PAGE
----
History of the Hand Mixer
If you’re like me, you remember what it was like to have a powerhouse hand mixer growing up. I still have fond memories of the family gathered around the Duncan Hines cake mix, that unmistakeable smell of cake mix, egg, and milk with a slight smell of metal from the American-made motor in the hand mixer, and the sounds the mixer made when mom would scrape the sides of the bowl for every last bit of cake. And of course the best part of all–when mom would take the paddles off and we’d get to lick the batter off.
The first handheld electric mixer was patented by Sunbeam Corporation in 1961. Many of you who like me grew up in the 1970s and 1980s probably had Sunbeam mixers in your homes and ate many a cake mixed by them. Sadly, in the 1990s–before companies could ‘legally’ pad their balance sheets by outsourcing to cheap overseas labor, Sunbeam got into big trouble for massive accounting fraud and went bankrupt. It still exists today as a brand, but of course is a shadow of what it once was.
Are any Hand Mixers not made in China?
I have to admit, this was one category where I was sure I wouldn’t find any examples of products not made in China. The price point of hand mixers is so low that it’s hard to imagine a manufacturing plant outside of China that can produce parts so cheaply. And sure enough, visit Amazon’s page and you’ll find “fake brands” like LILPARTNER, ON2NO, AXUF, SUNDUO, SHARDOR, MIGVELA, AICOK, Elechomes, and a myriad of other Chinese companies masquerading as time-tested kitchen product brands. And speaking of time-tested kitchen brands, forget about Black and Decker, Hamilton Beach, Proctor Silex, Oster, and even Cuisinart and Breville.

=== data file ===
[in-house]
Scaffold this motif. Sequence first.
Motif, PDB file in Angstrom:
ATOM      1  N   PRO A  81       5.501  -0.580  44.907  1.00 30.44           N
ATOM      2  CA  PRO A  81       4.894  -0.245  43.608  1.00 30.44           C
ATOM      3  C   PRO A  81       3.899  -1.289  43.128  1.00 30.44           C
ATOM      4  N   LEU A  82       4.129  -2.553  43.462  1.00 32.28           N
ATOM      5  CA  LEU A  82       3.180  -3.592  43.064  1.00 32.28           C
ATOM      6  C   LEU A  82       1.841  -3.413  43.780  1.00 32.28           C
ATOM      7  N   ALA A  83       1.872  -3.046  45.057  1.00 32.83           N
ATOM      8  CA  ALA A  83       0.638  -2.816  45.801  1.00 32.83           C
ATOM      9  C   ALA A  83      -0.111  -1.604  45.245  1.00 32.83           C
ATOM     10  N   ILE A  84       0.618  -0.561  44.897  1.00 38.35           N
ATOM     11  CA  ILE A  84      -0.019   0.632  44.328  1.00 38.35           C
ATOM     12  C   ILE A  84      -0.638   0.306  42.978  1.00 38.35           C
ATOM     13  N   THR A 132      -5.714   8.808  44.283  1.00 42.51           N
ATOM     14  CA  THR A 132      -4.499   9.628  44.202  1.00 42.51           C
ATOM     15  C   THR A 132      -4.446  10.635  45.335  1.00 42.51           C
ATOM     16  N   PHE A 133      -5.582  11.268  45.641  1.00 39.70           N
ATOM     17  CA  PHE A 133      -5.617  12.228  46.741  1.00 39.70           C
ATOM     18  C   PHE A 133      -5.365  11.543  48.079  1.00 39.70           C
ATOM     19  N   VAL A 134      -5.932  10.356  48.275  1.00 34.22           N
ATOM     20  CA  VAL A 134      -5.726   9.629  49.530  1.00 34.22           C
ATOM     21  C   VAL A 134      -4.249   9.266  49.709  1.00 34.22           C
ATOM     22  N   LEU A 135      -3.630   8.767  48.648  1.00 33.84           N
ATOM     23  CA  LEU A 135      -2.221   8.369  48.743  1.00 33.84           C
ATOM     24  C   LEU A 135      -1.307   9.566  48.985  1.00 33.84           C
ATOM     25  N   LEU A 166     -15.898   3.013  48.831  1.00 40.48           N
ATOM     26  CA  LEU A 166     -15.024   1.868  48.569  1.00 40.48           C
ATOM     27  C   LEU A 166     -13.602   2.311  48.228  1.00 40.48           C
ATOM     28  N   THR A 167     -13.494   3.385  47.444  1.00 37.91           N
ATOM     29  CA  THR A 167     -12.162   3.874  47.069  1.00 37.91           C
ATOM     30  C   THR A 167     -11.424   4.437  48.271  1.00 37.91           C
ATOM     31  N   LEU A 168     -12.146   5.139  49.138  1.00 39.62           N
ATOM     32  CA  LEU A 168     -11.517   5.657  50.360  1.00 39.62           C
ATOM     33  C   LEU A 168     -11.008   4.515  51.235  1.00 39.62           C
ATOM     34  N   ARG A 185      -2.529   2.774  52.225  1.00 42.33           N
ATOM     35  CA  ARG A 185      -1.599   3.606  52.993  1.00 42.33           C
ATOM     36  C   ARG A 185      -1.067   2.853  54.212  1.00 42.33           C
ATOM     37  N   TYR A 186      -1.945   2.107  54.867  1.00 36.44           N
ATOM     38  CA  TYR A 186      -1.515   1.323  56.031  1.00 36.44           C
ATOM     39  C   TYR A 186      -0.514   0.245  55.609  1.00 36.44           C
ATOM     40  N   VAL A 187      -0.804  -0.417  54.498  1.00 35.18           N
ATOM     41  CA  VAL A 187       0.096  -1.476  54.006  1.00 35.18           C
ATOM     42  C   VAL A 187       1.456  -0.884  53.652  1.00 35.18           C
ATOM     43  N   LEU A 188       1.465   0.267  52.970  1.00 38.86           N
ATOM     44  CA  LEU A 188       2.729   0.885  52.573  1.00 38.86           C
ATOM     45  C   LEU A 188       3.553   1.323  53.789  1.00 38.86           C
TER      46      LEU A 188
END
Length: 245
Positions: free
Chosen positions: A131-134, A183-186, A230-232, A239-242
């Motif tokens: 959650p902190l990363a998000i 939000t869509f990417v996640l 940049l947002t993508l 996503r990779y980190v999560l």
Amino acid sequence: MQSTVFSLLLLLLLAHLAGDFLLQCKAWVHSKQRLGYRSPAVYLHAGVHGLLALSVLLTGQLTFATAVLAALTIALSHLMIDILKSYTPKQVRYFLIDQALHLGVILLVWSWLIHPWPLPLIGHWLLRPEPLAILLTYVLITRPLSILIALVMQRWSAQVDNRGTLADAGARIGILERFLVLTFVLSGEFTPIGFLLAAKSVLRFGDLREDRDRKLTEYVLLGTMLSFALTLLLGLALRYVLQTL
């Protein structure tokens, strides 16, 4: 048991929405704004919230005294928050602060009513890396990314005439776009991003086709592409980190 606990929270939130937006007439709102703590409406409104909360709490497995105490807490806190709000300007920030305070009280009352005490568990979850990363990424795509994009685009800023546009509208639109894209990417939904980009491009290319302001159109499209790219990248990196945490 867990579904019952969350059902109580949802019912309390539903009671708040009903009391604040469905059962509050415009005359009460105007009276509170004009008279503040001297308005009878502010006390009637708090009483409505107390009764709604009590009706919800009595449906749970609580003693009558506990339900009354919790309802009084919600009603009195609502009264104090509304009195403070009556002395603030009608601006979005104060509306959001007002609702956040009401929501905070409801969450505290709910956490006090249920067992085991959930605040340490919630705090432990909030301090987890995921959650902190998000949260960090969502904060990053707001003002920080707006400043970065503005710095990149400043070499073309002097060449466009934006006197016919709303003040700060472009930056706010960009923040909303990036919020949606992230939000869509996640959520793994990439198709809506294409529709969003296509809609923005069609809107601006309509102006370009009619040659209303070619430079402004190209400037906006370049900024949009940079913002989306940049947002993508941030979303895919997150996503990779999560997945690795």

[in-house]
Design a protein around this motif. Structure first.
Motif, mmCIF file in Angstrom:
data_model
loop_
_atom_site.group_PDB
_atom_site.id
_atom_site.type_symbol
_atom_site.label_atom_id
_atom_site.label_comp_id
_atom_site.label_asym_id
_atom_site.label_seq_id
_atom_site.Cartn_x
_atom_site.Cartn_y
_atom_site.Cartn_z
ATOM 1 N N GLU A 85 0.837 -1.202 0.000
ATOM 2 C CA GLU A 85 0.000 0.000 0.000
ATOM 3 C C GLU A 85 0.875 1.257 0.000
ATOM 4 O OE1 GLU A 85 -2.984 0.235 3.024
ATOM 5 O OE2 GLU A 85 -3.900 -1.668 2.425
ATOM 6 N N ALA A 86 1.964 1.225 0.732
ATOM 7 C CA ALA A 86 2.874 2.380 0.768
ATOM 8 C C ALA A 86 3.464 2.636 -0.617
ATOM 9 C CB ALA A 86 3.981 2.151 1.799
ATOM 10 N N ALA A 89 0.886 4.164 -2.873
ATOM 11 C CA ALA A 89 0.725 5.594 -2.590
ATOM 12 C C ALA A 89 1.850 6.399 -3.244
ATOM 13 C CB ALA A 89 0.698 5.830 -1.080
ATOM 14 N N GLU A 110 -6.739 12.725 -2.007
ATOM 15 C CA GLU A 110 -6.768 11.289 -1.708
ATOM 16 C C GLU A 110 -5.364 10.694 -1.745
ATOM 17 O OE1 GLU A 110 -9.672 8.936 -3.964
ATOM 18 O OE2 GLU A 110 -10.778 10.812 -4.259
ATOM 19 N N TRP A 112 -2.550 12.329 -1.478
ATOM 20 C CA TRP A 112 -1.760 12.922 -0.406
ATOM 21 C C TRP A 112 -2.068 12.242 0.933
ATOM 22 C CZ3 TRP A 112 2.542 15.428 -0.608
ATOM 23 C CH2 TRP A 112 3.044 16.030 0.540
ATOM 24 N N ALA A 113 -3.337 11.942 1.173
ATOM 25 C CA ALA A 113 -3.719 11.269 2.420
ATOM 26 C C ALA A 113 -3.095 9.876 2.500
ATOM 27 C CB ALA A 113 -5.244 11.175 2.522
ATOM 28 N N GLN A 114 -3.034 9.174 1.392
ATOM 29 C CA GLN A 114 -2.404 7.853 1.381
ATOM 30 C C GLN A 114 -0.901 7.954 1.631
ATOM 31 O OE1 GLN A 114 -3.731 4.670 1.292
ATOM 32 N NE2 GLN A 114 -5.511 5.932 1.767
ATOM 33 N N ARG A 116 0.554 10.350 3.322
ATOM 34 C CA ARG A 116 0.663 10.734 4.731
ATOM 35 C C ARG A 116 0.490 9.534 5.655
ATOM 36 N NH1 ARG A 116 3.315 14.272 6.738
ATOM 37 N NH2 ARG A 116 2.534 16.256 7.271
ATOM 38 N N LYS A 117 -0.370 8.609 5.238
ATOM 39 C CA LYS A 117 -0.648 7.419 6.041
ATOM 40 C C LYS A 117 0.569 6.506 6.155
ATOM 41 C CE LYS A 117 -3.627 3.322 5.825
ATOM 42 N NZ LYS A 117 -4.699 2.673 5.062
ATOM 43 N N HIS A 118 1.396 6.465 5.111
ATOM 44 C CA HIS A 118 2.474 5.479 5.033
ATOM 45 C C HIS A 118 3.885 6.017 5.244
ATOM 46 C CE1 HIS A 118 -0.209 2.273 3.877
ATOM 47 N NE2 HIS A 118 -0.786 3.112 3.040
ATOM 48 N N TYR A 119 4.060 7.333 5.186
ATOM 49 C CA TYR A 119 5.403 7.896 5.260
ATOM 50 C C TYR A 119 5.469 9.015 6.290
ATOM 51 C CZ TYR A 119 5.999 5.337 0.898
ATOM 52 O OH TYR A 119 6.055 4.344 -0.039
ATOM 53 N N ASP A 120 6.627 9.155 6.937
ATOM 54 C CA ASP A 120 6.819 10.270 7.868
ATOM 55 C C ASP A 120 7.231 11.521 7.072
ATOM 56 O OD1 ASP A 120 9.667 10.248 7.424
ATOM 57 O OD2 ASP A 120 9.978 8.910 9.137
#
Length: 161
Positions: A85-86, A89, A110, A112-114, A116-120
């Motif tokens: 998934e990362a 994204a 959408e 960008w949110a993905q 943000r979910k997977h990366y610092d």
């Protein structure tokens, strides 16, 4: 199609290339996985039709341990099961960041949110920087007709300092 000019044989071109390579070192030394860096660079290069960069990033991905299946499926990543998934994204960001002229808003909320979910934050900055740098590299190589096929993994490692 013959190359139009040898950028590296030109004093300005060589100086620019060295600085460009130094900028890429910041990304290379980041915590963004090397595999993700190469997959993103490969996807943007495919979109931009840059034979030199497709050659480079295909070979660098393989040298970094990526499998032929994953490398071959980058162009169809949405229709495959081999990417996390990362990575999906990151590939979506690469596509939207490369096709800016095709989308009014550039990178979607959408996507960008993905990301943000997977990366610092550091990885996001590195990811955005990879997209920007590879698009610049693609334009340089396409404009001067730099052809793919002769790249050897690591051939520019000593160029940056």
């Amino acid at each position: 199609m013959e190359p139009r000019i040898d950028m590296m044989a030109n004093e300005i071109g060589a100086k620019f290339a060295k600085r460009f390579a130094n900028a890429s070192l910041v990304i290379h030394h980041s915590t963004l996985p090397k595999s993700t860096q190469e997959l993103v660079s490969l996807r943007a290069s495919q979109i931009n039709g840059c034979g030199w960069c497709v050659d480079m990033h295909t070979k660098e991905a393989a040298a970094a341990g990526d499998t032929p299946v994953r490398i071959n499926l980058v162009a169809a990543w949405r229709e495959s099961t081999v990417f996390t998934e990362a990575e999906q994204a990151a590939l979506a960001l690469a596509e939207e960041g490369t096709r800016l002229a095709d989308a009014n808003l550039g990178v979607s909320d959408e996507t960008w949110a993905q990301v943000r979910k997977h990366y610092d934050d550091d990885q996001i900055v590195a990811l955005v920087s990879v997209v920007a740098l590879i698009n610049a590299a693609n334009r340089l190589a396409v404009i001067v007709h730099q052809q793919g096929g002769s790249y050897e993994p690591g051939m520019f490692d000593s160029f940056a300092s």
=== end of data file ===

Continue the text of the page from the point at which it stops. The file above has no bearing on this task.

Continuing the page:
However, a few brands surprisingly stood out. One was KitchenAid, which had evidently sent all of its hand mixer manufacturing to China from 2006-2012 before bringing it back to Greenville, Ohio (at least the corded versions–the cordless version look like they’re all made in China). Their stand mixers have always been made in the US, and because the stand mixers ARE what what made KitchenAid, they’re wise to keep manufacturing of their crown jewels stateside, and closely-related devices like hand mixers are probably a natural fit in their manufacturing plant (let’s just hope and pray that clueless consumers aren’t foolish enough to buy knock-offs like KUCCU and COOKLEE even with their fake Amazon reviews).
Another standout was Braun, who manufactures its products in Romania.
Best Hand Mixers Not Made in China – Quick Ranking
|1||KitchenAid 7-Speed Hand Mixer||4.7||View on Amazon|
|2||Braun MultiMix Hand Mixer||4.5||View on Amazon|
1. KitchenAid 7-Speed Hand Mixer – Best Overall
Just to be clear, KitchenAid is careful to use the phrasing “assembled in the United States” and not “manufactured in the United States”, which implies that most of the parts come from overseas. But that’s pretty much unavoidable these days–when China started to take over the manufacturing sector, it started with the “cheap parts” and then once it dominated those, it started taking over manufacturing of bigger and bigger things. I give points to KitchenAid for at least keeping some American manufacturing jobs (and quality) alive.